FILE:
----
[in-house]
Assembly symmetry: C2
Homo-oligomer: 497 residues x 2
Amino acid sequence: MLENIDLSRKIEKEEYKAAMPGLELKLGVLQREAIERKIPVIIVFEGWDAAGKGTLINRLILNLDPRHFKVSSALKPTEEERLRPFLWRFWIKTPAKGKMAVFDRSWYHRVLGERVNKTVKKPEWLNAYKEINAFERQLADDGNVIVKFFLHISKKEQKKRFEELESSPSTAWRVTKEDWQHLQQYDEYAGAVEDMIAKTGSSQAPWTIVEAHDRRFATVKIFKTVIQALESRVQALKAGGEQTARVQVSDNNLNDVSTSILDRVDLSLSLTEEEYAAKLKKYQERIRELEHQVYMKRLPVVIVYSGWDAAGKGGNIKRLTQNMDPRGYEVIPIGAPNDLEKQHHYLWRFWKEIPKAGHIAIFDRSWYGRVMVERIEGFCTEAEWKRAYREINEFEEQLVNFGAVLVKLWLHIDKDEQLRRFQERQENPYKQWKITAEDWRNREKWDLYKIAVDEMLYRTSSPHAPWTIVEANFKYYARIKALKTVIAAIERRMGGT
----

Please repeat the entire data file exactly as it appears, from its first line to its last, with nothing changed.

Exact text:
[in-house]
Assembly symmetry: C2
Homo-oligomer: 497 residues x 2
Amino acid sequence: MLENIDLSRKIEKEEYKAAMPGLELKLGVLQREAIERKIPVIIVFEGWDAAGKGTLINRLILNLDPRHFKVSSALKPTEEERLRPFLWRFWIKTPAKGKMAVFDRSWYHRVLGERVNKTVKKPEWLNAYKEINAFERQLADDGNVIVKFFLHISKKEQKKRFEELESSPSTAWRVTKEDWQHLQQYDEYAGAVEDMIAKTGSSQAPWTIVEAHDRRFATVKIFKTVIQALESRVQALKAGGEQTARVQVSDNNLNDVSTSILDRVDLSLSLTEEEYAAKLKKYQERIRELEHQVYMKRLPVVIVYSGWDAAGKGGNIKRLTQNMDPRGYEVIPIGAPNDLEKQHHYLWRFWKEIPKAGHIAIFDRSWYGRVMVERIEGFCTEAEWKRAYREINEFEEQLVNFGAVLVKLWLHIDKDEQLRRFQERQENPYKQWKITAEDWRNREKWDLYKIAVDEMLYRTSSPHAPWTIVEANFKYYARIKALKTVIAAIERRMGGT